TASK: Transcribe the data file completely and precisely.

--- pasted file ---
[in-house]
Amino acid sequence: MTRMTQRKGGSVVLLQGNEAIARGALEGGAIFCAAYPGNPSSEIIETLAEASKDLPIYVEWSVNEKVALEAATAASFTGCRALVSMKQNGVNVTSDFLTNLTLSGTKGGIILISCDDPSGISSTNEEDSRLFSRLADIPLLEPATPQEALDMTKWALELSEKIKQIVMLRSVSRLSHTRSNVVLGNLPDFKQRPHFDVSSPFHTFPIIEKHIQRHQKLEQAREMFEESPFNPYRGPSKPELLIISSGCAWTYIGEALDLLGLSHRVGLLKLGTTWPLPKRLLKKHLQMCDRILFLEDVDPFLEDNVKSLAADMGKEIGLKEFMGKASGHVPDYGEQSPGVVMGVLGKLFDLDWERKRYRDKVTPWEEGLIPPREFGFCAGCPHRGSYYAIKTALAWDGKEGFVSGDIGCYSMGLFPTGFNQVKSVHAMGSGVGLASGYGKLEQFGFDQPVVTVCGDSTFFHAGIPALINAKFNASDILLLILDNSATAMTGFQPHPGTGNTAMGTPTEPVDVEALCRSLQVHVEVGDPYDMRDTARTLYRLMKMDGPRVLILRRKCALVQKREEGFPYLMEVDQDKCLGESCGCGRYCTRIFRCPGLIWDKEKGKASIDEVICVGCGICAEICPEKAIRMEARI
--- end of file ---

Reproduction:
[in-house]
Amino acid sequence: MTRMTQRKGGSVVLLQGNEAIARGALEGGAIFCAAYPGNPSSEIIETLAEASKDLPIYVEWSVNEKVALEAATAASFTGCRALVSMKQNGVNVTSDFLTNLTLSGTKGGIILISCDDPSGISSTNEEDSRLFSRLADIPLLEPATPQEALDMTKWALELSEKIKQIVMLRSVSRLSHTRSNVVLGNLPDFKQRPHFDVSSPFHTFPIIEKHIQRHQKLEQAREMFEESPFNPYRGPSKPELLIISSGCAWTYIGEALDLLGLSHRVGLLKLGTTWPLPKRLLKKHLQMCDRILFLEDVDPFLEDNVKSLAADMGKEIGLKEFMGKASGHVPDYGEQSPGVVMGVLGKLFDLDWERKRYRDKVTPWEEGLIPPREFGFCAGCPHRGSYYAIKTALAWDGKEGFVSGDIGCYSMGLFPTGFNQVKSVHAMGSGVGLASGYGKLEQFGFDQPVVTVCGDSTFFHAGIPALINAKFNASDILLLILDNSATAMTGFQPHPGTGNTAMGTPTEPVDVEALCRSLQVHVEVGDPYDMRDTARTLYRLMKMDGPRVLILRRKCALVQKREEGFPYLMEVDQDKCLGESCGCGRYCTRIFRCPGLIWDKEKGKASIDEVICVGCGICAEICPEKAIRMEARI